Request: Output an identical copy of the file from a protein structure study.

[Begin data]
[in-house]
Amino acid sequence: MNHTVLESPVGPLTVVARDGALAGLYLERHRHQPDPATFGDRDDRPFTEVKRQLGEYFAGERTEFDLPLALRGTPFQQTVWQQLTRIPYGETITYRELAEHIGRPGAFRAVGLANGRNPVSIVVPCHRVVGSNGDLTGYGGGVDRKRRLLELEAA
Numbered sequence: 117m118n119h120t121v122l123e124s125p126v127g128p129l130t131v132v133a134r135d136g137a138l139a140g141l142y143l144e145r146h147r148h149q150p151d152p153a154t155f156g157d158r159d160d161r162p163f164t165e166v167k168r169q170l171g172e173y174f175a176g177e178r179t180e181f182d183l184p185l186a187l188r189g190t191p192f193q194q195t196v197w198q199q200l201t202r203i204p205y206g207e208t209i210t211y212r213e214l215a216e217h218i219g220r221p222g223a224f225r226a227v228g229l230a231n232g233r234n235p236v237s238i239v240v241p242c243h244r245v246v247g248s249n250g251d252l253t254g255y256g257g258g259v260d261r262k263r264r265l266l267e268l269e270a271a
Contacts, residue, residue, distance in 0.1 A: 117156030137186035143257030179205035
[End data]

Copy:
[in-house]
Amino acid sequence: MNHTVLESPVGPLTVVARDGALAGLYLERHRHQPDPATFGDRDDRPFTEVKRQLGEYFAGERTEFDLPLALRGTPFQQTVWQQLTRIPYGETITYRELAEHIGRPGAFRAVGLANGRNPVSIVVPCHRVVGSNGDLTGYGGGVDRKRRLLELEAA
Numbered sequence: 117m118n119h120t121v122l123e124s125p126v127g128p129l130t131v132v133a134r135d136g137a138l139a140g141l142y143l144e145r146h147r148h149q150p151d152p153a154t155f156g157d158r159d160d161r162p163f164t165e166v167k168r169q170l171g172e173y174f175a176g177e178r179t180e181f182d183l184p185l186a187l188r189g190t191p192f193q194q195t196v197w198q199q200l201t202r203i204p205y206g207e208t209i210t211y212r213e214l215a216e217h218i219g220r221p222g223a224f225r226a227v228g229l230a231n232g233r234n235p236v237s238i239v240v241p242c243h244r245v246v247g248s249n250g251d252l253t254g255y256g257g258g259v260d261r262k263r264r265l266l267e268l269e270a271a
Contacts, residue, residue, distance in 0.1 A: 117156030137186035143257030179205035